26 September 2023

New rules make trust deeds more trustworthy

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Western Australia is set to have the most rigorous and comprehensive charitable trusts laws in the nation with the introduction of the Charitable Trusts Bill 2022 into Parliament.

Replacing the Charitable Trusts Act 1962, the new legislation includes extensive new investigative powers to ensure charitable trusts are managed in accordance with the objects of their trust deed.

Attorney General, John Quigley said many charitable trusts were established for the purpose of advancing the interests of Indigenous communities and the final report into the Njamal People’s Trust recommended a raft of reforms to the current legislation.

“The Bill addresses a series of gaps in the current framework identified in the report, significant among them being the absence of any compulsive powers to require a person to attend and give evidence on oath or affirmation,” Mr Quigley said.

“The Bill establishes the Western Australian Charitable Trusts Commission, which will be able to conduct investigations upon receiving a complaint about a charitable trust.”

He said the Commission would undertake investigations under significantly expanded powers akin to those of a Royal Commission.

“It will have the ability to issue a notice requiring a person to provide a document or other information relating to a charitable trust or concerning any person involved in the administration of a charitable trust,” Mr Quigley said.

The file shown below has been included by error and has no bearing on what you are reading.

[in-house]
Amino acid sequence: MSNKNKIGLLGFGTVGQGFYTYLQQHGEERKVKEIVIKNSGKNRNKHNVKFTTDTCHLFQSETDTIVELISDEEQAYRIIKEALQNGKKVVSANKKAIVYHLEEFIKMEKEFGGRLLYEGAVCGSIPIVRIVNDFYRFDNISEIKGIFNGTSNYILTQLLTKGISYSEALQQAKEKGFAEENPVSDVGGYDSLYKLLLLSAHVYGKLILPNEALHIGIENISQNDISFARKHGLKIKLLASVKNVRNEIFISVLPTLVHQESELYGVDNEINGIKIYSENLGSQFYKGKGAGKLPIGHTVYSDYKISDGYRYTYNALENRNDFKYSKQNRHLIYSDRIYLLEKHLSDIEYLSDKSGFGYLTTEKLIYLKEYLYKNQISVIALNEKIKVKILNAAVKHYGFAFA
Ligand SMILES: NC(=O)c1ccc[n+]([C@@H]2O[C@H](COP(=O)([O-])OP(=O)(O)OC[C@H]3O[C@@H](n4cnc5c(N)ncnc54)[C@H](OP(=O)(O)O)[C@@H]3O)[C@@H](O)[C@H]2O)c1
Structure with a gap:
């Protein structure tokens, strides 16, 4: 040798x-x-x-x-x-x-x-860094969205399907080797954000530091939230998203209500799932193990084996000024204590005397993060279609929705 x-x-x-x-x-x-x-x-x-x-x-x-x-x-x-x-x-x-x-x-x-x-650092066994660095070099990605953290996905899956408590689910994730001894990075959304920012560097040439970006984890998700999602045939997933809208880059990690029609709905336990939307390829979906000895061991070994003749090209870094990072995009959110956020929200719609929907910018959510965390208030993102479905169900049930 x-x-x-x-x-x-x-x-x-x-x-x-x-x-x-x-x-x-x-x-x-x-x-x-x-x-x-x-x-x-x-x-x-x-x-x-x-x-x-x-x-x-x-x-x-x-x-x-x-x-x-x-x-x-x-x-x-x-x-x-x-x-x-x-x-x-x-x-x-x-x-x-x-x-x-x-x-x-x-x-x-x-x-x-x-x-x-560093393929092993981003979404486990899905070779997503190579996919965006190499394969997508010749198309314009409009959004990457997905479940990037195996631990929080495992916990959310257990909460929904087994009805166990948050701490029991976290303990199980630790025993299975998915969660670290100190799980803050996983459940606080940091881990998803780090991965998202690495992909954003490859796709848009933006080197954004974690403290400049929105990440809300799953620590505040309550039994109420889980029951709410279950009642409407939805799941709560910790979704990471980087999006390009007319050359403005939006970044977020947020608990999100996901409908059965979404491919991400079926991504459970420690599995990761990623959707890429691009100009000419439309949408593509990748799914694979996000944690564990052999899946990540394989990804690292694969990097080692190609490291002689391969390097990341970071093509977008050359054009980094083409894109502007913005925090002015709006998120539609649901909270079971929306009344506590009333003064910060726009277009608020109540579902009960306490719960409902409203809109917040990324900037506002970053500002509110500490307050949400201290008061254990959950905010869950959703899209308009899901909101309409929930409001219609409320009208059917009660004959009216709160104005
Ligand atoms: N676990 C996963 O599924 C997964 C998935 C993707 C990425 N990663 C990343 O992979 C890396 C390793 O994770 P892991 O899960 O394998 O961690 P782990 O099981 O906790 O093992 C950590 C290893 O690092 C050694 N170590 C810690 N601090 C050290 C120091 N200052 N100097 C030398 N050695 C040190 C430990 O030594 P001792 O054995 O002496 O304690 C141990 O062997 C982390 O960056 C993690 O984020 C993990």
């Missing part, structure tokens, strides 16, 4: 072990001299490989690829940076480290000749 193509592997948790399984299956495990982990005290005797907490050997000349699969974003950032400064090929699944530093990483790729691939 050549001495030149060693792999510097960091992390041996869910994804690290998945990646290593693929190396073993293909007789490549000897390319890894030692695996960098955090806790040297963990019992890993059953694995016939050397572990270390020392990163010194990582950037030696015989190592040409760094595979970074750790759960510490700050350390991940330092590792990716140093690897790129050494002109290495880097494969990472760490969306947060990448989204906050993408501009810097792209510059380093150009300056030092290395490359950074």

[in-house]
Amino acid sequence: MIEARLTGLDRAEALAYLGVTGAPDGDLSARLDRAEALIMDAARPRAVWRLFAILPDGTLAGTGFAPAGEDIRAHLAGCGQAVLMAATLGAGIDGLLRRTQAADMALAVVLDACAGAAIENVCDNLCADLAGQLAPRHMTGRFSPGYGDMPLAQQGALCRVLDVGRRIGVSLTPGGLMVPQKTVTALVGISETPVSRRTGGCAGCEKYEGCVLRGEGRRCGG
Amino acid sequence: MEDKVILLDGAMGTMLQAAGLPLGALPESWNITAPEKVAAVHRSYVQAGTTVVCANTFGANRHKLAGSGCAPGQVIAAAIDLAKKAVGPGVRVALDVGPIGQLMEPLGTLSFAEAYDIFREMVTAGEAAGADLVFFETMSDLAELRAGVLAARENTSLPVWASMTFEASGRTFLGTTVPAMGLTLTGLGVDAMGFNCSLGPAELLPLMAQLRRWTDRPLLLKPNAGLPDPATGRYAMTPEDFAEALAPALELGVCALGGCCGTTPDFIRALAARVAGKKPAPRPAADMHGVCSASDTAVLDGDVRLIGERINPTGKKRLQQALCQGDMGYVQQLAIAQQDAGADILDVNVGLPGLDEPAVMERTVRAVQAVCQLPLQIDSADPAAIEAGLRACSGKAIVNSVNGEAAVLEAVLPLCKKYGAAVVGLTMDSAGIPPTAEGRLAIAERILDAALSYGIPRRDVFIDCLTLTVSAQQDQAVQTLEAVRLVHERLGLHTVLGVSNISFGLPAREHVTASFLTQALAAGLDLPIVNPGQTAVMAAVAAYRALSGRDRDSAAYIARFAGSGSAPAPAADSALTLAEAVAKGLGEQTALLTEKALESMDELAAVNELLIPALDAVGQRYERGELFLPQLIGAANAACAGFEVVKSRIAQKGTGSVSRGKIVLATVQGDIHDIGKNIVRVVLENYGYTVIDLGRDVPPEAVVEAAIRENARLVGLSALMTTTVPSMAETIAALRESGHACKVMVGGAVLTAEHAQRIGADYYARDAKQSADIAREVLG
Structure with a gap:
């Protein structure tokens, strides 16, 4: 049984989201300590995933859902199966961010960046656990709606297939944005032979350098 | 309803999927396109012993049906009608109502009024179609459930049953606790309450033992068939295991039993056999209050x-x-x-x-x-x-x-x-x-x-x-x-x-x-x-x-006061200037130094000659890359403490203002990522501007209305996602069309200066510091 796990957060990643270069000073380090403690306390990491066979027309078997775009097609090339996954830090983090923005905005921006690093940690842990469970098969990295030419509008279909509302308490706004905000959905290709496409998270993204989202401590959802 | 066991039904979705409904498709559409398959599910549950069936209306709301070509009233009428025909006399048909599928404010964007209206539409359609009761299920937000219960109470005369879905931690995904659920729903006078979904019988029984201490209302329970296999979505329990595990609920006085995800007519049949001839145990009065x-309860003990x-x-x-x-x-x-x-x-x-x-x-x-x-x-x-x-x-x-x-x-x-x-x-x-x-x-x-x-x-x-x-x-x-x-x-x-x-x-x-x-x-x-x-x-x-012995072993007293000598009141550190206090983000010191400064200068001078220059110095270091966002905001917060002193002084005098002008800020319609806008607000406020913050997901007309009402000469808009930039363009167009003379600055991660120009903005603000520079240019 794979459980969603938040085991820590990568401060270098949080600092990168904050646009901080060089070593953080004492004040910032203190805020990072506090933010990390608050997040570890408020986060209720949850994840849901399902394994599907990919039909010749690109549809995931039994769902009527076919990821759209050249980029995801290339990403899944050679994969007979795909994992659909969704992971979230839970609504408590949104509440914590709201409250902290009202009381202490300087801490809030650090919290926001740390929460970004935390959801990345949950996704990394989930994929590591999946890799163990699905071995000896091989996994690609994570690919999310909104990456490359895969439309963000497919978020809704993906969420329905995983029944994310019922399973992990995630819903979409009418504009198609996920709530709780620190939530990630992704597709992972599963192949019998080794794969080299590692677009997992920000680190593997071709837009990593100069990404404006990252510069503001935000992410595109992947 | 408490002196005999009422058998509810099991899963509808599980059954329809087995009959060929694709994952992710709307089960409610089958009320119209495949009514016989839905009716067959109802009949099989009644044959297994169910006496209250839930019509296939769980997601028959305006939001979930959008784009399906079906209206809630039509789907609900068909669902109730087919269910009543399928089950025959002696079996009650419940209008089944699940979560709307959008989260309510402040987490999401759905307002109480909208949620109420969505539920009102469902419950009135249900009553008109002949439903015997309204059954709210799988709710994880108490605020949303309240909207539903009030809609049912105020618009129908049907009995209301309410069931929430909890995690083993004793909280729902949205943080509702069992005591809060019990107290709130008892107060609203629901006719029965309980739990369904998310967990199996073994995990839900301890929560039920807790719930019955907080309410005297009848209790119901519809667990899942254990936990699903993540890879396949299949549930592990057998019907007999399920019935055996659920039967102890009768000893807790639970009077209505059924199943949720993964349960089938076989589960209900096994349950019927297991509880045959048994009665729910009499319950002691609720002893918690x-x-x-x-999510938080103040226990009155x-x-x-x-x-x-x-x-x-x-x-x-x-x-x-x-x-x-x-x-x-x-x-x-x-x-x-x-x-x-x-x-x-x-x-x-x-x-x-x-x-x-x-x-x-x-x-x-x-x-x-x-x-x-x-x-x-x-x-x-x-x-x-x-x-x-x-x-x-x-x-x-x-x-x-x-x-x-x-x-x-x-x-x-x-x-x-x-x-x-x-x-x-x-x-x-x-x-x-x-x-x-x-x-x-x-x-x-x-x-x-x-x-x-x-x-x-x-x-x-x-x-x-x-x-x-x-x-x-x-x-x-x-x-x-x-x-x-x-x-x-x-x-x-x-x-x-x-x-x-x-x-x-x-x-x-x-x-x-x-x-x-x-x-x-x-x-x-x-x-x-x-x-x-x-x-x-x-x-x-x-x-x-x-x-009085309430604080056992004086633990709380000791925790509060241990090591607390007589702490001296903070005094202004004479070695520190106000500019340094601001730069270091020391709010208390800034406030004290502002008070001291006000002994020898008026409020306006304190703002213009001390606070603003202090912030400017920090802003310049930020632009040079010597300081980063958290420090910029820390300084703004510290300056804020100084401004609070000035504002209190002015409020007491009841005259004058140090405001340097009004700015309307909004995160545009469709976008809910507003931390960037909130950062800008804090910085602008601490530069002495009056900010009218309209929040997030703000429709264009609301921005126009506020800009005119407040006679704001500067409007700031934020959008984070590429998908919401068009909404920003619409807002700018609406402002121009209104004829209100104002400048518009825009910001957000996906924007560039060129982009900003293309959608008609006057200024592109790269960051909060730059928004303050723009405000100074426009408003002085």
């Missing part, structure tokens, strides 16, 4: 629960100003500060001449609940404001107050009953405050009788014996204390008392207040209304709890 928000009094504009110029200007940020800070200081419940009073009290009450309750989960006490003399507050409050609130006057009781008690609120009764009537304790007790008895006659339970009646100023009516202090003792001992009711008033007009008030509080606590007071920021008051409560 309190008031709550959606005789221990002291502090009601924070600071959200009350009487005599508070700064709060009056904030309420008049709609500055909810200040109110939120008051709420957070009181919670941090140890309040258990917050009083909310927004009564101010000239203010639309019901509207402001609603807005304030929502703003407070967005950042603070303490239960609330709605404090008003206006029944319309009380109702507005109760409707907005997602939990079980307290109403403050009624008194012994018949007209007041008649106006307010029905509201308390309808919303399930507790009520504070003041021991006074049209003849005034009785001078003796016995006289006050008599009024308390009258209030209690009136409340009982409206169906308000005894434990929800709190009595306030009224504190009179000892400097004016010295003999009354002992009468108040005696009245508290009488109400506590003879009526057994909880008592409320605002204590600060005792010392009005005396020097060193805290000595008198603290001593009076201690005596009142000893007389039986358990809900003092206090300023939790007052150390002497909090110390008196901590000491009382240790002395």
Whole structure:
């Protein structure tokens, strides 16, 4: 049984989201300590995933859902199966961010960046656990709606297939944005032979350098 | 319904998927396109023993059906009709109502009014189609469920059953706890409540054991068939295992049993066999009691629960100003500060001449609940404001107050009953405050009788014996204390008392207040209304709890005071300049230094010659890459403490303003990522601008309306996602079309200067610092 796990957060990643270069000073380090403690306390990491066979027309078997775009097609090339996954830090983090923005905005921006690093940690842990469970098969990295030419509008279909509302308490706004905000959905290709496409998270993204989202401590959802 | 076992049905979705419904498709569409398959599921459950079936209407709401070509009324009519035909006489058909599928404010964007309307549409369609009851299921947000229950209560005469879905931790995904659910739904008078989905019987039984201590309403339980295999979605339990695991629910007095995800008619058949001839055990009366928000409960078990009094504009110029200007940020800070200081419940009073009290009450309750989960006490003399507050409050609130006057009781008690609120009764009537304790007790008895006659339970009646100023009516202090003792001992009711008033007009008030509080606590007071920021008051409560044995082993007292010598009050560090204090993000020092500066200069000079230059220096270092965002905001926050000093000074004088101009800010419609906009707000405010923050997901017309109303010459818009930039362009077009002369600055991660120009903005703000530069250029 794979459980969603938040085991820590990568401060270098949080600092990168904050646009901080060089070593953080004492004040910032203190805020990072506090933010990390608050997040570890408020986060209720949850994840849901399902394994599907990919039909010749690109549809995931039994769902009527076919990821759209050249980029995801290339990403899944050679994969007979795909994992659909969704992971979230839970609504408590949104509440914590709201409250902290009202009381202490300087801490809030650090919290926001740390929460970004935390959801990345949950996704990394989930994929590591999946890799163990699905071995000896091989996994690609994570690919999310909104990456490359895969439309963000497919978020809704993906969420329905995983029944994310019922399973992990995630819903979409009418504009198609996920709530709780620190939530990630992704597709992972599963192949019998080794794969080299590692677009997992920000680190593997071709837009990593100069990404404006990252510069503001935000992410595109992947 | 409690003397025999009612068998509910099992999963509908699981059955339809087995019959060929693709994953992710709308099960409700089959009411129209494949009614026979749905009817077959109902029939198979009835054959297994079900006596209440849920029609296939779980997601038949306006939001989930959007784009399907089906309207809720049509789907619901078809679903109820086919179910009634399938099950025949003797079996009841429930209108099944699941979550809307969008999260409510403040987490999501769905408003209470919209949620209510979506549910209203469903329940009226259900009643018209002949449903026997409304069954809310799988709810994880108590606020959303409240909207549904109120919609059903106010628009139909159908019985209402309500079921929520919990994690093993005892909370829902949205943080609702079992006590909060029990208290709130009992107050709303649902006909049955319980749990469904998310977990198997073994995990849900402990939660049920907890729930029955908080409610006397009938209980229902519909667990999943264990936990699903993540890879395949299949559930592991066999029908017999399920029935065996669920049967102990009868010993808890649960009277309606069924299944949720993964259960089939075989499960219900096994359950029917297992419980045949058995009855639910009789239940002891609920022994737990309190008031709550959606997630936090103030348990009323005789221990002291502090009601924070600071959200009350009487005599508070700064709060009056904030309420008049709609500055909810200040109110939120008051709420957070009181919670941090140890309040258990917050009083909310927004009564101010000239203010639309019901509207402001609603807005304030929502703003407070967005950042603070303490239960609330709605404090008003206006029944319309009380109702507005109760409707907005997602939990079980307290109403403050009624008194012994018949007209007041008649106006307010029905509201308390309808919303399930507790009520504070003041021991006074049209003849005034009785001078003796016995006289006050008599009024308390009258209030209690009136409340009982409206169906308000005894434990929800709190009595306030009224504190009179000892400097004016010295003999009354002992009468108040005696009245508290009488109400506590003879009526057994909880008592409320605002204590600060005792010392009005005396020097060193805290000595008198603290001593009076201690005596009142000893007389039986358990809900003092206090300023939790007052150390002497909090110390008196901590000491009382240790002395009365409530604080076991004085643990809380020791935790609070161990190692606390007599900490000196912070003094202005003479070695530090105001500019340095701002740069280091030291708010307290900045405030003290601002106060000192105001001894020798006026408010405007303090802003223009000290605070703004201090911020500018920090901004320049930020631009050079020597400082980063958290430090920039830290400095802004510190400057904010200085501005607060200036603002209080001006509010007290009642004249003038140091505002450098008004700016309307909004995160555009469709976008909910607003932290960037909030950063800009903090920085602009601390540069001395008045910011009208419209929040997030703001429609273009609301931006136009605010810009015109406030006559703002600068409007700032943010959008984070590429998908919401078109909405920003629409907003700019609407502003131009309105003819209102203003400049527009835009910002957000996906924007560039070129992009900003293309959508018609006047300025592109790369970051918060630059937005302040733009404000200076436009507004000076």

“It will be able to compel the production of documents and the attendance of persons to answer questions before the investigator and be examined under oath or affirmation.”

He said non-compliance with these requirements would attract a maximum penalty of $50,000 — a 10-fold increase to the existing penalty to reflect the seriousness of the offence.

“The current Charitable Trusts Act was written back in 1962 and it is not fit for purpose today. Tens of millions of dollars of native title settlement monies are being paid into these trusts,” Mr Quigley said.

“As the Attorney General, I receive many complaints from Indigenous groups that funds of a charitable trust are being misused by the trustees or by others involved in the administration of the trust.”

He said concerns raised in relation to the Njamal People’s Trust in 2017 led to the appointment of then Deputy State Counsel, Alan Sefton, to conduct a formal inquiry.

“Mr Sefton’s report recommended a raft of reforms and the Bill implements the 21 legislative reforms recommended,” the Attorney-General said.

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